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Anxiety about job security and finances have increased during the pandemic

Study findings emphasize just how much of a mental toll the coronavirus has had on consumers

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Photo (c) MilanMarkovic - Getty Images
Since the start of the COVID-19 pandemic, stress and anxiety have been at an all-time high for consumers and their families. And while there are plenty of reasons to feel anxious during these uncertain times, a new study is looking at one of the major sources of stress that has emerged since the start of the pandemic. 

According to researchers from the University of Connecticut, the pandemic has led to an increase in anxiety around job and financial security -- particularly for those who have remained employed since the start of COVID-19. 

“We definitely are seeing, within our employed participants, higher rates of anxiety than in individuals who indicated they were not employed,” said researcher Natalie J. Shook. “Controlling for demographics, controlling for income level, and also taking into account participant health and concerns about COVID -- and the extent to which people were engaged in social distancing or quarantine -- we are seeing that job security and financial concerns are the significant predictors associated with anxiety and depression.” 

Monitoring anxiety levels

The study findings are part of an ongoing survey to understand how consumers’ attitudes, behaviors, and feelings have changed since the start of the pandemic. Roughly 1,000 participants are involved in the project, and they are routinely surveyed about a variety of different topics. For this study in particular, the surveys focused on the things that have been the most anxiety-inducing since the start of the pandemic. Researchers also asked participants specific questions about their jobs and finances. 

The researchers identified links between those who were feeling the greatest stress about finances and job security with those who were experiencing symptoms associated with anxiety and depression. Based on responses to the surveys, the pandemic has specifically made participants’ question the viability of their positions at work and their financial status. Because there is so much uncertainty, it’s hard for consumers to plan for the future or predict what the next year will bring in terms of employment and finances, which is ultimately what leads to the increase in anxiety and depression.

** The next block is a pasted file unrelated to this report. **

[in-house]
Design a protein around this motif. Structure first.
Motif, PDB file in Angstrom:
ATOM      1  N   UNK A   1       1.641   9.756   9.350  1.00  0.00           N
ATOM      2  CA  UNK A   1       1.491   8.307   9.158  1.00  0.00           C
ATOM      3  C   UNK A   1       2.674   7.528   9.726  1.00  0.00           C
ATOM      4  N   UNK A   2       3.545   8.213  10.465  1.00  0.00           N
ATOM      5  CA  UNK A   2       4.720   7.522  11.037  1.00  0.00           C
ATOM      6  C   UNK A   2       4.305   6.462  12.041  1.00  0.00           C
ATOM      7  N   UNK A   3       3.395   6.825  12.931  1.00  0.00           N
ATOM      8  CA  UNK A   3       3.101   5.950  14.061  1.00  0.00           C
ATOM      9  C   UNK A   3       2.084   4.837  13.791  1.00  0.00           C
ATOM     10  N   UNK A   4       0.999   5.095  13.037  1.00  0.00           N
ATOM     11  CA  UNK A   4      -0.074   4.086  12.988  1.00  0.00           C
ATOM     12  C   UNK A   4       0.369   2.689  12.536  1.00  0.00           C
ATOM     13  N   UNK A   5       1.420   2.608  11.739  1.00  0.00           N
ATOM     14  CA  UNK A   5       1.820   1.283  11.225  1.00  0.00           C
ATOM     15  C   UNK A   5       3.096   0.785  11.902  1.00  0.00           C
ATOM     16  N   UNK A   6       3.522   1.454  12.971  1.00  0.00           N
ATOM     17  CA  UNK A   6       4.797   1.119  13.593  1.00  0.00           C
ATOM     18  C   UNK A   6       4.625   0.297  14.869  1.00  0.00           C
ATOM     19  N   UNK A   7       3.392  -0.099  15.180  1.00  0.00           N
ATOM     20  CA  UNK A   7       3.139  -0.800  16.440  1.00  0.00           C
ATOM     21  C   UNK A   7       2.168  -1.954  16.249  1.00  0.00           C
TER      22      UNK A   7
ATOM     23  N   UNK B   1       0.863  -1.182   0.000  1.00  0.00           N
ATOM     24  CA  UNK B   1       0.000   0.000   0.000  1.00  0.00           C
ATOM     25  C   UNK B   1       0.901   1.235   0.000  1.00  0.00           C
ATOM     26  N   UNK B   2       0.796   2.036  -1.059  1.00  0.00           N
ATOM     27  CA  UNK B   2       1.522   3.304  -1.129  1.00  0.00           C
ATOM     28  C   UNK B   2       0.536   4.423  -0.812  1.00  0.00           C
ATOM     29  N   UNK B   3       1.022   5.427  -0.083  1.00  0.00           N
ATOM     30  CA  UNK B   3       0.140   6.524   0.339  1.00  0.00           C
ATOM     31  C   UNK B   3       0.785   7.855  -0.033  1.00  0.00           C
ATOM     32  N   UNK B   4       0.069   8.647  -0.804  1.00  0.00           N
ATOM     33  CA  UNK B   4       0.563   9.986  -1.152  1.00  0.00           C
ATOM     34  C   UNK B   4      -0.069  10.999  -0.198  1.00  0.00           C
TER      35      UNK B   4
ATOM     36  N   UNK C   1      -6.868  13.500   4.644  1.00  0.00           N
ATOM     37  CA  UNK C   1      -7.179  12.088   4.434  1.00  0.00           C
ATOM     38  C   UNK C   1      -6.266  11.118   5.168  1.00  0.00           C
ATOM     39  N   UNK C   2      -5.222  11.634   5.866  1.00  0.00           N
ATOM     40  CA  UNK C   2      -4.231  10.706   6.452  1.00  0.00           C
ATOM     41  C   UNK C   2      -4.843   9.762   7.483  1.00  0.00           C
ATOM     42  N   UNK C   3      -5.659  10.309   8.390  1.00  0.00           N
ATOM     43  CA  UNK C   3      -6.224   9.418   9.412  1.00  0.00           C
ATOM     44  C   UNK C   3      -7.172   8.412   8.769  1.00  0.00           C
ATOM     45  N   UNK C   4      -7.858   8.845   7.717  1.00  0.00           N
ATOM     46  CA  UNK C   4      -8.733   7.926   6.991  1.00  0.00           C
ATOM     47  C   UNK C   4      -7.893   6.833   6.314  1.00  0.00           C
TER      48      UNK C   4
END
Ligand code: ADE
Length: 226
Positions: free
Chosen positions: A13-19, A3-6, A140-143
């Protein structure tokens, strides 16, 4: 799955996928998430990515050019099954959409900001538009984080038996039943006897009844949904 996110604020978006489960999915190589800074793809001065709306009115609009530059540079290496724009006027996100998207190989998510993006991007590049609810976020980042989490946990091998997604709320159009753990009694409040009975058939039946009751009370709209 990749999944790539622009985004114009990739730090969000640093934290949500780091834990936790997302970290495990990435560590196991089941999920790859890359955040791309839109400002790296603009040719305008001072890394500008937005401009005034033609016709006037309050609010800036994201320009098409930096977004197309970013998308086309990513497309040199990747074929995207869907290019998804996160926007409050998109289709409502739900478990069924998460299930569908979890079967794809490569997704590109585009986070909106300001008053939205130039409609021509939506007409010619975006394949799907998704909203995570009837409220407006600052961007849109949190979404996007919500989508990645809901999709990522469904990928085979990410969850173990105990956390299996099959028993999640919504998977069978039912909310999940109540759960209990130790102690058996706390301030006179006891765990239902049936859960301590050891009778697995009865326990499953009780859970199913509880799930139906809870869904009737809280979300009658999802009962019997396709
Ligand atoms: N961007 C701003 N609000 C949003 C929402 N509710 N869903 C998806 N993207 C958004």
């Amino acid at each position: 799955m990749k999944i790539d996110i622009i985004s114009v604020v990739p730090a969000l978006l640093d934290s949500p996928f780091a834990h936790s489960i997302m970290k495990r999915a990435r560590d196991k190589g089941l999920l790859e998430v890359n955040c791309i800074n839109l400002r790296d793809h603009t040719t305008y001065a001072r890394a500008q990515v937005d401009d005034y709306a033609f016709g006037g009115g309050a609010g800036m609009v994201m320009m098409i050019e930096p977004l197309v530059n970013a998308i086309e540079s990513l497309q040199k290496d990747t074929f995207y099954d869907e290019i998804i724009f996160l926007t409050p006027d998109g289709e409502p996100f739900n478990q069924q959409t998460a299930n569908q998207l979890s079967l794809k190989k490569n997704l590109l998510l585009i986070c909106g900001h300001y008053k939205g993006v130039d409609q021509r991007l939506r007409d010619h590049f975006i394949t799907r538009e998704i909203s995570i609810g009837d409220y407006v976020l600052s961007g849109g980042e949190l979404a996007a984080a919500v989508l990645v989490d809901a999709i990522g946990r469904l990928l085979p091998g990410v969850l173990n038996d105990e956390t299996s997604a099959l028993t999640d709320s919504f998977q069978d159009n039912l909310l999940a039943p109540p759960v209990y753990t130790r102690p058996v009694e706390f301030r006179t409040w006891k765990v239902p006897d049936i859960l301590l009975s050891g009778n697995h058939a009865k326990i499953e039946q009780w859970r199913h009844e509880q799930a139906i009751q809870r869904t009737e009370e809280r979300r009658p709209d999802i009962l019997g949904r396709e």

While it can be difficult to cope with stress and anxiety, the researchers think there is an opportunity for employers to step up and ease some of the mental burden consumers are facing during these challenging times. 

“Based on these findings, for those experiencing depressive symptoms during the pandemic, it may be particularly important for employers to be mindful and try to minimize feelings of uncertainty for the employees, as well as instilling hope or agency in employees,” the researchers explained. “For those experiencing anxiety symptoms, employers could attempt to reduce financial concerns by allowing employees to continue to work (e.g. telework), even with reduced hours and income, to ensure that employees do not lose their entire income.” 

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